When a wide-ranging bribery scandal uncovered by the Federal Bureau of Investigation rocked the college basketball world in 2017, it seemed as if some of the most powerful programs in the sport might face a reckoning. Coaches from roughly a dozen major universities were implicated in alleged wrongdoing.
But as the cases flowing from the scheme have worked their way ever so slowly through the National Collegiate Athletic Association’s deliberative process for punishing rule breakers, the scandal’s impact has been modest so far.
On Thursday, the NCAA’s Division I Committee on Infractions opted not to impose any new major penalties on the University of Southern California, levying only a small fine -- $5,000 plus 1 percent of the budget for the men’s basketball program -- on top of minor recruiting and scholarship limitations the university had self-imposed in previous seasons. USC’s basketball program had a budget of about $6.3 million in 2018, the last year for which federal data are available, which would translate to an additional fine of about $63,000.
The infractions committee credited USC for “exemplary cooperation and self-imposed significant and meaningful penalties,” which led the panel to mitigate the potential penalties against the university.
The coach at the heart of the USC investigation, Tony Bland, USC's former associate head coach, also was spared the worst of what the NCAA might have imposed for finding he engaged in unethical conduct, because he cooperated with the association’s investigation into his wrongdoing.
Bland pleaded guilty in a federal court in 2019 to taking bribes in exchange for directing USC players to a management agency when they turned professional. Bland, whom USC fired in 2018, was sentenced at the time to two years’ probation and 100 hours of community service.
NCAA rules prohibit college sports officials from receiving benefits for facilitating arrangements between athletes at their institutions and agents or financial advisers.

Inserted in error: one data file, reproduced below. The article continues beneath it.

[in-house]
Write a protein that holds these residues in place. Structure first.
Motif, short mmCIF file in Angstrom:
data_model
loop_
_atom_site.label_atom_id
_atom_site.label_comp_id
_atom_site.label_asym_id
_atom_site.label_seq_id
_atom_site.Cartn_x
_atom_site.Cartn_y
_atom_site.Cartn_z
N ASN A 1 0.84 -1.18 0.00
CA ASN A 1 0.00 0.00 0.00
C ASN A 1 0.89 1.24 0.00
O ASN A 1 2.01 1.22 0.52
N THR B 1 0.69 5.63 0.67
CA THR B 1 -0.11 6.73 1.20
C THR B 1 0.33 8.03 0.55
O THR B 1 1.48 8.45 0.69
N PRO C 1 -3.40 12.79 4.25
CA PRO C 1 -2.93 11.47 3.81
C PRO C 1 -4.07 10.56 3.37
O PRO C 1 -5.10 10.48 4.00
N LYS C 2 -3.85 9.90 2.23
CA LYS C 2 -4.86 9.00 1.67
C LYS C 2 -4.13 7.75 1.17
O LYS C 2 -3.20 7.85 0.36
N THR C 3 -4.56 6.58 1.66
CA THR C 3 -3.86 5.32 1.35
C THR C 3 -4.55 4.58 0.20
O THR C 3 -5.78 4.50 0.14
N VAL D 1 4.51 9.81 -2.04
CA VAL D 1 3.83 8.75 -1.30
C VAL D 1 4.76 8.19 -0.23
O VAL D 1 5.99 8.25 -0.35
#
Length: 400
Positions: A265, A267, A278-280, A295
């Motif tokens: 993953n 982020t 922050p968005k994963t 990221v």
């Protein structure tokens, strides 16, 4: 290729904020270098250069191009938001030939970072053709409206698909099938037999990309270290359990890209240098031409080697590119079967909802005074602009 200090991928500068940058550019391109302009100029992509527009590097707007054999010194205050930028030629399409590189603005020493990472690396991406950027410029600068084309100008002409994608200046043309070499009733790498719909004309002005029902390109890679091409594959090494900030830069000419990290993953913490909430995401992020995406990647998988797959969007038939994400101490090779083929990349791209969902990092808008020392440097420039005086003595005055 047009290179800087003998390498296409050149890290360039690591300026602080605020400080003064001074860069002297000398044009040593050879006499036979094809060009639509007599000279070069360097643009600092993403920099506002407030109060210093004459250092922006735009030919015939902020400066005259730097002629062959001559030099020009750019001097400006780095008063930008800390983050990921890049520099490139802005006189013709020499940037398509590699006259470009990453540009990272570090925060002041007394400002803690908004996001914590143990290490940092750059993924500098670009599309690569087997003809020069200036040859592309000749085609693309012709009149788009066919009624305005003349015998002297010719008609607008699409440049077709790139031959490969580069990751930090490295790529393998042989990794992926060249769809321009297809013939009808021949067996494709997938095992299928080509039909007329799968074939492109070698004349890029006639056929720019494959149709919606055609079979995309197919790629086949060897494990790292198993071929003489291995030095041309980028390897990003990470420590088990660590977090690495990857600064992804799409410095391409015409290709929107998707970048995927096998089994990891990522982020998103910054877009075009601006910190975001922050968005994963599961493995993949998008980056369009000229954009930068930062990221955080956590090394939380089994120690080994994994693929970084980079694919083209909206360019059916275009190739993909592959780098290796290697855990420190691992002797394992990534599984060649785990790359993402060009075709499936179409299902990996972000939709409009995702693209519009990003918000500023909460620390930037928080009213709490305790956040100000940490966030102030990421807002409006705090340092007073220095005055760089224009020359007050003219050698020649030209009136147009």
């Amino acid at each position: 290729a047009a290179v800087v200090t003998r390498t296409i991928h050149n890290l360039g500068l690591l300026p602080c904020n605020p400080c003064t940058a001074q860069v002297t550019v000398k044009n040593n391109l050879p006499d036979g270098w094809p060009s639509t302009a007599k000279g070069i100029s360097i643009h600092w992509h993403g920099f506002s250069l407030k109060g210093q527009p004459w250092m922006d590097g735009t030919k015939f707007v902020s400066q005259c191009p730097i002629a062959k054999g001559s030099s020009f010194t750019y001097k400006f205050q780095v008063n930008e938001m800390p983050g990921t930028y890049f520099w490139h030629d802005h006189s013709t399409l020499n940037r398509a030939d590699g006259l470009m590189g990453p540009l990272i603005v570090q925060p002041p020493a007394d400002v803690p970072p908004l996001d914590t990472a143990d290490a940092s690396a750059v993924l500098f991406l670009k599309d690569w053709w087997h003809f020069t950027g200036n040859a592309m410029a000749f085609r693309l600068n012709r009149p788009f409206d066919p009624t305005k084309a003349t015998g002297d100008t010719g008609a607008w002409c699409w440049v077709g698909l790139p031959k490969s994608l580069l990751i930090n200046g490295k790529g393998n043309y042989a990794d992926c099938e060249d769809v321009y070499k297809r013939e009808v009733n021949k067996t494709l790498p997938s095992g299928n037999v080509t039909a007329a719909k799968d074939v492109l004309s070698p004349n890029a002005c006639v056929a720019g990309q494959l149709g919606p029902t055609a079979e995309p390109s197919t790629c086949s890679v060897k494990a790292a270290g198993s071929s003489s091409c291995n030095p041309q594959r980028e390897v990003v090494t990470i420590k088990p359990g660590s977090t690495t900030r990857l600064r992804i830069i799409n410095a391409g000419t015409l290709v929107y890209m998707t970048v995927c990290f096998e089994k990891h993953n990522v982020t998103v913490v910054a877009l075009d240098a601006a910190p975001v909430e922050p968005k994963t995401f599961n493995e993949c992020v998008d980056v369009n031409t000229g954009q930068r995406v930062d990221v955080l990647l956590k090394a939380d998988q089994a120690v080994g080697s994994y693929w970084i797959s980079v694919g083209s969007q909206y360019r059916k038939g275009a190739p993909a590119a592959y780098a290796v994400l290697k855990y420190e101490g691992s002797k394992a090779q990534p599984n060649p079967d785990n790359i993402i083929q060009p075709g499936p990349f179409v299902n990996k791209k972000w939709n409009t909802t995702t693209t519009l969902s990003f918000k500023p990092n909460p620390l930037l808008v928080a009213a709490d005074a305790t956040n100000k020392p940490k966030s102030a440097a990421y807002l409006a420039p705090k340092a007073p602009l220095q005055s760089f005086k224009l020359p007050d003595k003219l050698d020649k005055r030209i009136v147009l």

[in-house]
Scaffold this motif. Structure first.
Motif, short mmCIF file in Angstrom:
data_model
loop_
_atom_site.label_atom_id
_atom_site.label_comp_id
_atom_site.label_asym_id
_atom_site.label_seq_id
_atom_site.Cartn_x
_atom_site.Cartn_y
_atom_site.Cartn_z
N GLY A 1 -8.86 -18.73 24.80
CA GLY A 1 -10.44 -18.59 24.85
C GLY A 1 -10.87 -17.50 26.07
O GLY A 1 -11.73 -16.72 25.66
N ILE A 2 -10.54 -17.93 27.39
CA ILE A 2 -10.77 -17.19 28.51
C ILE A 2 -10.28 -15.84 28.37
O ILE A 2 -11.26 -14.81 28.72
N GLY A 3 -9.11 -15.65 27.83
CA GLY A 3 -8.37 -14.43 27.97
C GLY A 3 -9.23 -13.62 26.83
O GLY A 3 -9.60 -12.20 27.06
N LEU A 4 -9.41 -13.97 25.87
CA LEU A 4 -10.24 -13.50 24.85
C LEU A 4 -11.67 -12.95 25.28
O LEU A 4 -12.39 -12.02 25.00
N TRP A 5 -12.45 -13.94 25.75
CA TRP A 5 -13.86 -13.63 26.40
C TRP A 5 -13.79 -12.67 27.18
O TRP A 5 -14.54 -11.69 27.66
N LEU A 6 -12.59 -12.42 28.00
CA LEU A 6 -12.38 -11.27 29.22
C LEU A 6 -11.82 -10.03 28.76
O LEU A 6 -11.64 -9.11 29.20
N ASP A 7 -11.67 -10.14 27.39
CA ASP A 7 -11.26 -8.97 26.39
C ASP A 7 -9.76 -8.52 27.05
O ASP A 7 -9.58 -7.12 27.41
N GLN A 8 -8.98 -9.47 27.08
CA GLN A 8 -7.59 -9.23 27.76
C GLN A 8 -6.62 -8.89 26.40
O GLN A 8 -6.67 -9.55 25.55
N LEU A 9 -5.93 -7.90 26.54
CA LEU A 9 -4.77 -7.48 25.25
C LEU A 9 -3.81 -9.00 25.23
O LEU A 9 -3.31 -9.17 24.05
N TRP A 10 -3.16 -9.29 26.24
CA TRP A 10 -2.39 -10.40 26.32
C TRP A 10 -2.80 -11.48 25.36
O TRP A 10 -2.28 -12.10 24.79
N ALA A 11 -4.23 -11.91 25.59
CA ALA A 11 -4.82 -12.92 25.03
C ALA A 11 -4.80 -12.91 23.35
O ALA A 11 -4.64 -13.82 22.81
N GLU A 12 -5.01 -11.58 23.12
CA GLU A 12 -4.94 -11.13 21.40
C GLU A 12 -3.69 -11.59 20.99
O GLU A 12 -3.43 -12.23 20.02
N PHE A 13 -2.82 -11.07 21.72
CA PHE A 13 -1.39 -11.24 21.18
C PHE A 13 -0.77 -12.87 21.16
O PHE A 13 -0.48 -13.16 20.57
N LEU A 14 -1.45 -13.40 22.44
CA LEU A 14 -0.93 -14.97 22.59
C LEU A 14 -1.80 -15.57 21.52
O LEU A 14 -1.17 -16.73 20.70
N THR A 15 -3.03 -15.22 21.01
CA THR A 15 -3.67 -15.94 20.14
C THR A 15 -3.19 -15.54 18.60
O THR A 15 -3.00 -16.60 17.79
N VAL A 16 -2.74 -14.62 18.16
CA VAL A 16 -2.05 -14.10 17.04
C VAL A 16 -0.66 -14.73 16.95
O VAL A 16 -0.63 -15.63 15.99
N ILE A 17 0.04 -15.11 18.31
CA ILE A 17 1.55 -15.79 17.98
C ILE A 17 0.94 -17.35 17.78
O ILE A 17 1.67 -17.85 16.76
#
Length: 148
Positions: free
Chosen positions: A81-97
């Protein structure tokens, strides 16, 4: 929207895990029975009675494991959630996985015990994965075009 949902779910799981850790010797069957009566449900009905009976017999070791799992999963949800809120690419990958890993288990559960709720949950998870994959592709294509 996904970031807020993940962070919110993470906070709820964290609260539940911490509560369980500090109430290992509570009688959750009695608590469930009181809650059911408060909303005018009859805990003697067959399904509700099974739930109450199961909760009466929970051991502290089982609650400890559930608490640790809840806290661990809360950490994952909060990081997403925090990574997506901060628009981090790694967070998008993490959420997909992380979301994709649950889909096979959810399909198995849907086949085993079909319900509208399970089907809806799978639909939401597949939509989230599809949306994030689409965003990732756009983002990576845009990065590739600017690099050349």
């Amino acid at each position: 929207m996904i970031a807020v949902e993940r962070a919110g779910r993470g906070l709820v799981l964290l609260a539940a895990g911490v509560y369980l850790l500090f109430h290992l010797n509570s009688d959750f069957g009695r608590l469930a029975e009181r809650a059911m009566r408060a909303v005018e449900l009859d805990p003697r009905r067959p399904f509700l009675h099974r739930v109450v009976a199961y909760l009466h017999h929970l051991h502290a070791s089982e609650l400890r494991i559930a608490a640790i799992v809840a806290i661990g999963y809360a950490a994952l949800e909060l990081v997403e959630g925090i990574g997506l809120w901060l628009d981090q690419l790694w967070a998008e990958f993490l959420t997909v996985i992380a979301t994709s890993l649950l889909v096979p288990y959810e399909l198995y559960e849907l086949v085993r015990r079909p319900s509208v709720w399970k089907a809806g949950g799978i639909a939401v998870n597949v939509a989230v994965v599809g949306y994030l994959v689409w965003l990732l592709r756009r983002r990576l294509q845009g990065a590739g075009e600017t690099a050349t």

The penalty the NCAA imposed will make it difficult for Bland to return to college coaching -- or at least delay him from doing so. For the next three years, any college that hires him would have to severely restrict his duties unless it can persuade the NCAA that it shouldn’t have to do so.
USC officials said they were relieved by the outcome of the case.
“The NCAA's findings, comments and acceptance of our self-imposed penalties are a reflection of our commitment to accountability, integrity and transparency,” Mike Bohn, the university's athletics director, said in a statement. “We are thrilled this matter is now behind us, and our focus remains on being the most student-athlete centered program in the country.”
Of the dozen or so universities whose programs were thought to be involved in the bribery scandal, three have been punished by the NCAA -- only one with penalties that restrict competition or withhold scholarships.
The infractions panel last year barred Oklahoma State University’s men’s basketball team from postseason play for one year because its former associate head coach, Lamont Evans, received as much as $22,000 in bribes to direct players to hire certain financial advisers when they began playing professionally.
Unlike USC, Oklahoma State was unable to persuade the NCAA panel that it had cooperated fully. Oklahoma State has appealed the NCAA’s penalty, and the appeal is still pending.
Evans faced a 10-year restriction on potential college coaching, more than three times that imposed on USC’s former coach.
The other two universities whose bribery scandal-related cases have been heard by the NCAA so far have both been treated more like USC than like Oklahoma State.
The University of South Carolina, where Evans also coached, was handed a two-year probation and minor recruiting restrictions by the NCAA infractions panel.
And the NCAA committee last fall placed the University of Alabama on three years' probation but did not impose any major competitive or recruiting penalties.
ESPN reports that numerous other major basketball programs -- including the Universities of Arizona, Kansas and Louisville, as well as Auburn, Creighton, Louisiana State, North Carolina State and Texas Christian Universities -- remain under review by the NCAA for allegations related to the bribery scandal.